The Mental Game Of Riding
Originally published at Horse Listening.
As one peruses books, articles or videos about riding, or observes lessons and clinics, it is easy to get swept into the notion that riding is a very technical sport. Much of the instruction is focused on the physical aspects of riding — what are the aids for a shoulder-in, and where should the horses’ feet track during shoulder-in? Exactly where should our heels be, and what is the proper angle in the elbow joint?
And yet, some riders with very unorthodox techniques (remember Annete Lewis, Ann Moore, Harry deLeyer, or the Flying Australians Kevin Bacon and Jeff McVean?) were very successful in the show ring in showjumping and various other disciplines. If technical perfection is essential for success, what explains the success of riders whose technique leaves a lot to be desired?
Of course, who’s to know how much more successful those unorthodox riders would have been if they also rode technically correctly, but there was obviously something else there that made them winners. And that is their psychological makeup, intense focus, great sense of rhythm, eye for a distance, and mental preparation for the riding at the top levels.
Back in their day, there was very little focus on the mental aspect of riding. Students were expected to be brave, and those who were not, quit riding. But in the 1980s, with the publication of books by Sally Swift (Centered Riding) and Mary Wanless (The Natural Rider), much changed. Today, the top riders have not only their technical coaches, but also have mental coaches or sports psychologists on their teams.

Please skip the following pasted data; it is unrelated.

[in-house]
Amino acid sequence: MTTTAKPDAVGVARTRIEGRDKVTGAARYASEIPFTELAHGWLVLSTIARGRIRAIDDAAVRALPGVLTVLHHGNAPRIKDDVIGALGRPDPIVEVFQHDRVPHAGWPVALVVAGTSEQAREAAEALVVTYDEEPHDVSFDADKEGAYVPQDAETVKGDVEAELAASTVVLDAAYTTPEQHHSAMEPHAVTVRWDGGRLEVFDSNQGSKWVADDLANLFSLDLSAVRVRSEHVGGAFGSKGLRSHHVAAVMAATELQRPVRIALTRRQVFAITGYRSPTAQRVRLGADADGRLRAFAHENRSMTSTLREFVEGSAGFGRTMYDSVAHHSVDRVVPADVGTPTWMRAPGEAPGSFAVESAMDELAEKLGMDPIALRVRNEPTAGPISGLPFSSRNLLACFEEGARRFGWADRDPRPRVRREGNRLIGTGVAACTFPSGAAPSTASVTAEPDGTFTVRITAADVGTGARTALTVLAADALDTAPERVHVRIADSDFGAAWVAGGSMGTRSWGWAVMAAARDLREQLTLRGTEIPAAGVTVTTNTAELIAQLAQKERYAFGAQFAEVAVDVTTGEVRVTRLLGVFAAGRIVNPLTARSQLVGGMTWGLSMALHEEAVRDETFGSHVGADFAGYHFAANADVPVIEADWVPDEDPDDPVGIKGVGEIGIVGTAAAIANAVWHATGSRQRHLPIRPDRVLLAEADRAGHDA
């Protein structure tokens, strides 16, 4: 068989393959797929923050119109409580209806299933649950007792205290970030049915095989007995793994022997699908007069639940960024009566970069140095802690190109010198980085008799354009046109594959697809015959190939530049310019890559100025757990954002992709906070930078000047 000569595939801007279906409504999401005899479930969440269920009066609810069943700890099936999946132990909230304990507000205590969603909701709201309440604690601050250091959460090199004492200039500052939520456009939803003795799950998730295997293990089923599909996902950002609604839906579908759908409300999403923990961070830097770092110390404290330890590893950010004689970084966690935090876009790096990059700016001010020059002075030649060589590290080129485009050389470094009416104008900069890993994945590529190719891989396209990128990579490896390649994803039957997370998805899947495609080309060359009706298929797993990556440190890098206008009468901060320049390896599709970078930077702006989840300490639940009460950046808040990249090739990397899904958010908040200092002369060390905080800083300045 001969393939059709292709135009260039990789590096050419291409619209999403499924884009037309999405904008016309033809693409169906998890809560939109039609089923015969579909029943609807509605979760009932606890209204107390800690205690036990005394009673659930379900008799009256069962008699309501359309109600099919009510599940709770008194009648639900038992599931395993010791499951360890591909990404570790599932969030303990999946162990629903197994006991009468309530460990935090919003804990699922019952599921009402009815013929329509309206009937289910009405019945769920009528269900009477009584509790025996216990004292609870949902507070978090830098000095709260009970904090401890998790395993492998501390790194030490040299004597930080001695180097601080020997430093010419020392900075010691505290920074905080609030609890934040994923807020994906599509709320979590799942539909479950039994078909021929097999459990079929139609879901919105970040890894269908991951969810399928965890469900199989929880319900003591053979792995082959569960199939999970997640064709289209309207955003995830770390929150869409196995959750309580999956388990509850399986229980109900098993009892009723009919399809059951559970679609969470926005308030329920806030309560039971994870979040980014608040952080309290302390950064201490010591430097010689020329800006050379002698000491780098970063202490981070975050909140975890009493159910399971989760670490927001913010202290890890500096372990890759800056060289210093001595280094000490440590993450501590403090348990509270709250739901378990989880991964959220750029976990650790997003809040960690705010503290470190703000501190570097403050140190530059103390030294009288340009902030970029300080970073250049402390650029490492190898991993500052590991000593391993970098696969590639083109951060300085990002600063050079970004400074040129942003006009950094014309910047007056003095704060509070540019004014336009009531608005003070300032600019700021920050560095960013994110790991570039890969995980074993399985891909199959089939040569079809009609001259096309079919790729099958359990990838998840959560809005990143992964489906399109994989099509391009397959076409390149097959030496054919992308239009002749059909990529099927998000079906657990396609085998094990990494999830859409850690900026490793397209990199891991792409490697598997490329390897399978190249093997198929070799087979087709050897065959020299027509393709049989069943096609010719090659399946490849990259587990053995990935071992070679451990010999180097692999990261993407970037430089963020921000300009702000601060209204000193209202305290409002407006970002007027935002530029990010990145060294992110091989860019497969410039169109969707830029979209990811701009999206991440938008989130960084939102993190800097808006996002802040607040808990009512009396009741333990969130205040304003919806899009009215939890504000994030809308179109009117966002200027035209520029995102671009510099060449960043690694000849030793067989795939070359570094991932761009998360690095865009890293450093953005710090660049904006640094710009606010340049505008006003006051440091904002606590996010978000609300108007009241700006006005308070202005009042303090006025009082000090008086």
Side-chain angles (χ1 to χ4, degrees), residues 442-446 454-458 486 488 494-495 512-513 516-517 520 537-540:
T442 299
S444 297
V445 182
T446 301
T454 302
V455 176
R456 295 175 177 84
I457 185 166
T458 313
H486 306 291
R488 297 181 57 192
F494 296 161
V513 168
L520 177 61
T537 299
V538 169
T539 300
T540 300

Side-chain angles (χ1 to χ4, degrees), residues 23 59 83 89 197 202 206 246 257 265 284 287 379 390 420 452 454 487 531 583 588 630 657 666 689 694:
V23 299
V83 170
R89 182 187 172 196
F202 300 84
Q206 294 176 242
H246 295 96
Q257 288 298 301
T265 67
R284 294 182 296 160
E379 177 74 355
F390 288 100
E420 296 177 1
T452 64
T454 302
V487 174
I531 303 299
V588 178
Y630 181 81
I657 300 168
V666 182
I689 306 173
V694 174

As a riding instructor (and sometimes a rider myself), I try to put a lot of focus on the psychological aspects of riding. Heels will eventually go down. But even a rider with perfect position can be completely ineffective if the mental preparation is not implemented.
Angels and Tigers
In her book, The Natural Rider, Mary Wanless says that a rider has to be a perfect cross between an angel and a tiger. What does that mean?
A rider who is being an angel is the one who is primarily concerned about the well-being and happiness of the horse, making sure that everything is OK and that everyone’s having fun. A tiger, on the other hand, is the natural predator of large herbivores like a horse. A rider who is a tiger is the one who leaves no question in the horse’s mind that it is the human who is making decisions and that the horse is expected to do what the rider is asking. This mental state also requires courage — it is not for the faint of heart to confront a huge animal and tell it what to do or else.